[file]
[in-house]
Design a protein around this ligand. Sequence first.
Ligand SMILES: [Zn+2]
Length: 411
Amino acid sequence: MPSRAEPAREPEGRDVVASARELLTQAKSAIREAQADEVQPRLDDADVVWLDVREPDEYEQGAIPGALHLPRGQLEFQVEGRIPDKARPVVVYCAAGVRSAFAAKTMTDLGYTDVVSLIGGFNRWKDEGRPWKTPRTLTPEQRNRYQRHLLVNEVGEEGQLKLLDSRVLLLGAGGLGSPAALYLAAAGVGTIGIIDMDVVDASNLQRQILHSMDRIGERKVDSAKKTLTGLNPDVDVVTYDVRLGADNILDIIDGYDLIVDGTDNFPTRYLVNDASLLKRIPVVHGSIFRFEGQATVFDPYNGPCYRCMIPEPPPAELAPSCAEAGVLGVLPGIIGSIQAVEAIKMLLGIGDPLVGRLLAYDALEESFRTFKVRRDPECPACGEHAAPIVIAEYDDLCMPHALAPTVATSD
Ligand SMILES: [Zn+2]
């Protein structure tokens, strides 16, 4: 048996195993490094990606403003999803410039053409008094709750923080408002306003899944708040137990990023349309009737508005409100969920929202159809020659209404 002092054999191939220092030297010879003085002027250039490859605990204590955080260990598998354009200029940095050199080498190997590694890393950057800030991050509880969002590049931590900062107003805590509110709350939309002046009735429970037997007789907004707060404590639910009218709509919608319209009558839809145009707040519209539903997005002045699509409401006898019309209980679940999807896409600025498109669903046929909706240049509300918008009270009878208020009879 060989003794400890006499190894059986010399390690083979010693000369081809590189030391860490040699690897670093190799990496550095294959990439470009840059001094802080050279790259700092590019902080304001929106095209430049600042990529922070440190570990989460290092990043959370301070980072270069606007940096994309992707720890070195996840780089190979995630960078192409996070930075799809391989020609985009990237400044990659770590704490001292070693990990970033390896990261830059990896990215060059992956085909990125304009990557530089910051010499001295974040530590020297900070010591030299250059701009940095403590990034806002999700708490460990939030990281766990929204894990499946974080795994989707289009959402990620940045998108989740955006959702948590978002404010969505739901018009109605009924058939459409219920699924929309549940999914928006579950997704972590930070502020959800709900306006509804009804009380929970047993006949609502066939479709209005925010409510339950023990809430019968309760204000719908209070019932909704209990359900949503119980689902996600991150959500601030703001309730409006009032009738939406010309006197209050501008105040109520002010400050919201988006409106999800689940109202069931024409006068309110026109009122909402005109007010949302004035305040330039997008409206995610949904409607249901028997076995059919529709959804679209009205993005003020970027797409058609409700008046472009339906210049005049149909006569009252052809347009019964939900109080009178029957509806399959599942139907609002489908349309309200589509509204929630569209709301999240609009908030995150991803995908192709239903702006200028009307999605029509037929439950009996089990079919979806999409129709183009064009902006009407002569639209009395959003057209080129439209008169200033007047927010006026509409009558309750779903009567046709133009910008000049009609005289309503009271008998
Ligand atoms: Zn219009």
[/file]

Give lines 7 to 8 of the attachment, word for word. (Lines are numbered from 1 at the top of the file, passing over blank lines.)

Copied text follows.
């Protein structure tokens, strides 16, 4: 048996195993490094990606403003999803410039053409008094709750923080408002306003899944708040137990990023349309009737508005409100969920929202159809020659209404 002092054999191939220092030297010879003085002027250039490859605990204590955080260990598998354009200029940095050199080498190997590694890393950057800030991050509880969002590049931590900062107003805590509110709350939309002046009735429970037997007789907004707060404590639910009218709509919608319209009558839809145009707040519209539903997005002045699509409401006898019309209980679940999807896409600025498109669903046929909706240049509300918008009270009878208020009879 060989003794400890006499190894059986010399390690083979010693000369081809590189030391860490040699690897670093190799990496550095294959990439470009840059001094802080050279790259700092590019902080304001929106095209430049600042990529922070440190570990989460290092990043959370301070980072270069606007940096994309992707720890070195996840780089190979995630960078192409996070930075799809391989020609985009990237400044990659770590704490001292070693990990970033390896990261830059990896990215060059992956085909990125304009990557530089910051010499001295974040530590020297900070010591030299250059701009940095403590990034806002999700708490460990939030990281766990929204894990499946974080795994989707289009959402990620940045998108989740955006959702948590978002404010969505739901018009109605009924058939459409219920699924929309549940999914928006579950997704972590930070502020959800709900306006509804009804009380929970047993006949609502066939479709209005925010409510339950023990809430019968309760204000719908209070019932909704209990359900949503119980689902996600991150959500601030703001309730409006009032009738939406010309006197209050501008105040109520002010400050919201988006409106999800689940109202069931024409006068309110026109009122909402005109007010949302004035305040330039997008409206995610949904409607249901028997076995059919529709959804679209009205993005003020970027797409058609409700008046472009339906210049005049149909006569009252052809347009019964939900109080009178029957509806399959599942139907609002489908349309309200589509509204929630569209709301999240609009908030995150991803995908192709239903702006200028009307999605029509037929439950009996089990079919979806999409129709183009064009902006009407002569639209009395959003057209080129439209008169200033007047927010006026509409009558309750779903009567046709133009910008000049009609005289309503009271008998
Ligand atoms: Zn219009």